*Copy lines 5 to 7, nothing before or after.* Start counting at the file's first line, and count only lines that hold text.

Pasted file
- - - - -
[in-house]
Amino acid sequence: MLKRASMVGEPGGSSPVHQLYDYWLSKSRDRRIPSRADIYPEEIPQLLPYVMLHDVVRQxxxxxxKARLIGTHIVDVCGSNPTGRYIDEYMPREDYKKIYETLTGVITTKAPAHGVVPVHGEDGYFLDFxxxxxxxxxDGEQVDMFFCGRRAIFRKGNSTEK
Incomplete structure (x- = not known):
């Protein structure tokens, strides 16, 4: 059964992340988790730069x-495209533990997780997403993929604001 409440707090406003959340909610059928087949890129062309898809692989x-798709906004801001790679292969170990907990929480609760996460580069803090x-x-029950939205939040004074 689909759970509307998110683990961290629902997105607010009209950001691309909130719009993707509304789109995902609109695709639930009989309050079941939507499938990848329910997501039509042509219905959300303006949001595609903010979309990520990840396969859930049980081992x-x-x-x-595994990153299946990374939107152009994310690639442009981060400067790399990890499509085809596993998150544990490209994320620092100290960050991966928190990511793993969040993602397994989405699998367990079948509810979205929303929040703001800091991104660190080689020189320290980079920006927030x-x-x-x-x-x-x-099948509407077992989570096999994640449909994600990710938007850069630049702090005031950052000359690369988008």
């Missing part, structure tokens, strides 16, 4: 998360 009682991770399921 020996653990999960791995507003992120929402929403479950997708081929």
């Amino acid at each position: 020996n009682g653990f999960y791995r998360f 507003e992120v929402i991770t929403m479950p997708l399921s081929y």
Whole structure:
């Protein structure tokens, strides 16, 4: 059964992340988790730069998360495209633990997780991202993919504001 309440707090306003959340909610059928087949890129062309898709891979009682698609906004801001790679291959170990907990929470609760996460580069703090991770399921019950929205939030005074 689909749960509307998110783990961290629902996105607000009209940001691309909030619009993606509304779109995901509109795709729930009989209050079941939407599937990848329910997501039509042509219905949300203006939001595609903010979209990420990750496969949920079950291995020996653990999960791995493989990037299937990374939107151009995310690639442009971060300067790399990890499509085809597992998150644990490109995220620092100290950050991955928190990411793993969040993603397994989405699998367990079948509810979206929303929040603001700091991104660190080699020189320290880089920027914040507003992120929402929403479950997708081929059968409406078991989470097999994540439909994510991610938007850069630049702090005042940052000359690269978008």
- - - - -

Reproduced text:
């Missing part, structure tokens, strides 16, 4: 998360 009682991770399921 020996653990999960791995507003992120929402929403479950997708081929």
């Amino acid at each position: 020996n009682g653990f999960y791995r998360f 507003e992120v929402i991770t929403m479950p997708l399921s081929y």
Whole structure: